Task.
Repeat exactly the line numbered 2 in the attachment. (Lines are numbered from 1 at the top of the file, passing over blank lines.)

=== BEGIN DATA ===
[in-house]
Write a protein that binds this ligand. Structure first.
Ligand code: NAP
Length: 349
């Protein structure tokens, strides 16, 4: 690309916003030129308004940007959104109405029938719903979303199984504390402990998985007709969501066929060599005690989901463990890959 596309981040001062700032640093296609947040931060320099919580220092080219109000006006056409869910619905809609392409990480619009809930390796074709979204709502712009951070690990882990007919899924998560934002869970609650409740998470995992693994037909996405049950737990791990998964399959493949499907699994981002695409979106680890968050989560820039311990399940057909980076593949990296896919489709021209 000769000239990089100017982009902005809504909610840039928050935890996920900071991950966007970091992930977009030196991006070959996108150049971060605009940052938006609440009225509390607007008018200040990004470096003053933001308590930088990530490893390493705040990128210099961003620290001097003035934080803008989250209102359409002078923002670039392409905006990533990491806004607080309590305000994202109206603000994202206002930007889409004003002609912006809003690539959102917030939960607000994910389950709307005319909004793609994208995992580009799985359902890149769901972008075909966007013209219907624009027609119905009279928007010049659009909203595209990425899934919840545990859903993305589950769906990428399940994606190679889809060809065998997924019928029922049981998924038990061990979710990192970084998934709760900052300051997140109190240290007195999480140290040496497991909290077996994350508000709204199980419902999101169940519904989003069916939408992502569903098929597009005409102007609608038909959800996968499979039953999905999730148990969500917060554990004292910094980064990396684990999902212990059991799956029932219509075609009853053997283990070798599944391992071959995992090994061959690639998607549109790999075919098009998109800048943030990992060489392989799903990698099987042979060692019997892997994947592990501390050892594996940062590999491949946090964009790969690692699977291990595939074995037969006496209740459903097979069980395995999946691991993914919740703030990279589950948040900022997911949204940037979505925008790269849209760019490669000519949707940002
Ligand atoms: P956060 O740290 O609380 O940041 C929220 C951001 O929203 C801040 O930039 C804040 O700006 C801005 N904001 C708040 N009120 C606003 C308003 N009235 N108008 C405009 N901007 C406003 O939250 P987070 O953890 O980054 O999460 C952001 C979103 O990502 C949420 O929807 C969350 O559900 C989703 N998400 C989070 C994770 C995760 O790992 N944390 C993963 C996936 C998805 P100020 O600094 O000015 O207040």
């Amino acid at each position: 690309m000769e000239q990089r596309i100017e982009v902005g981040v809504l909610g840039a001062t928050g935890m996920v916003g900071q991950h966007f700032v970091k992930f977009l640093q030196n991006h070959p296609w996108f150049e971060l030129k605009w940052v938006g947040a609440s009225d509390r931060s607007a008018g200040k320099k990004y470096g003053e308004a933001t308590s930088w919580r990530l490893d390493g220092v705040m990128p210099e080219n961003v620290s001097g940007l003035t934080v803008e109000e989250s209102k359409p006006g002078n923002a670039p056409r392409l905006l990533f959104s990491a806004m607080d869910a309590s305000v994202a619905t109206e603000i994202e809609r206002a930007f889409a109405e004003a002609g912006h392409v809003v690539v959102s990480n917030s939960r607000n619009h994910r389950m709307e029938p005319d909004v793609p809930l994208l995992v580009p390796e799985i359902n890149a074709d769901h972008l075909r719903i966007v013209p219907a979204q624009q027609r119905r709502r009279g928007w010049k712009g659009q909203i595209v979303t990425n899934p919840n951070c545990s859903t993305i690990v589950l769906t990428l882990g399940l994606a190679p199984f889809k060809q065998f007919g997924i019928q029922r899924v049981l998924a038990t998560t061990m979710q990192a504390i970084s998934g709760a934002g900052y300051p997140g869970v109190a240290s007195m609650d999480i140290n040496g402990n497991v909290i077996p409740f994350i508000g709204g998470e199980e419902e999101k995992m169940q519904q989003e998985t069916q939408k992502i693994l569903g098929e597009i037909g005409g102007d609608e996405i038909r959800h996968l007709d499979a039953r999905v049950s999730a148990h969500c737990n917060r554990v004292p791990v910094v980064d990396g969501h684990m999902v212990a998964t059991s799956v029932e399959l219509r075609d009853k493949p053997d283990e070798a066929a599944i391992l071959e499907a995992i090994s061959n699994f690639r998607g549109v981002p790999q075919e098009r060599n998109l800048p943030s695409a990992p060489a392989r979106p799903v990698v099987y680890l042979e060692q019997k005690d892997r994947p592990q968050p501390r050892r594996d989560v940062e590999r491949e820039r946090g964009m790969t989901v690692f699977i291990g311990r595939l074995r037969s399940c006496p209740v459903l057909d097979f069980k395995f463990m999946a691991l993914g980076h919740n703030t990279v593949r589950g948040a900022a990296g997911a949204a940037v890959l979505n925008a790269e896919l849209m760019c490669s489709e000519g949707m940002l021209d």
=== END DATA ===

Write a protein that binds this ligand. Structure first.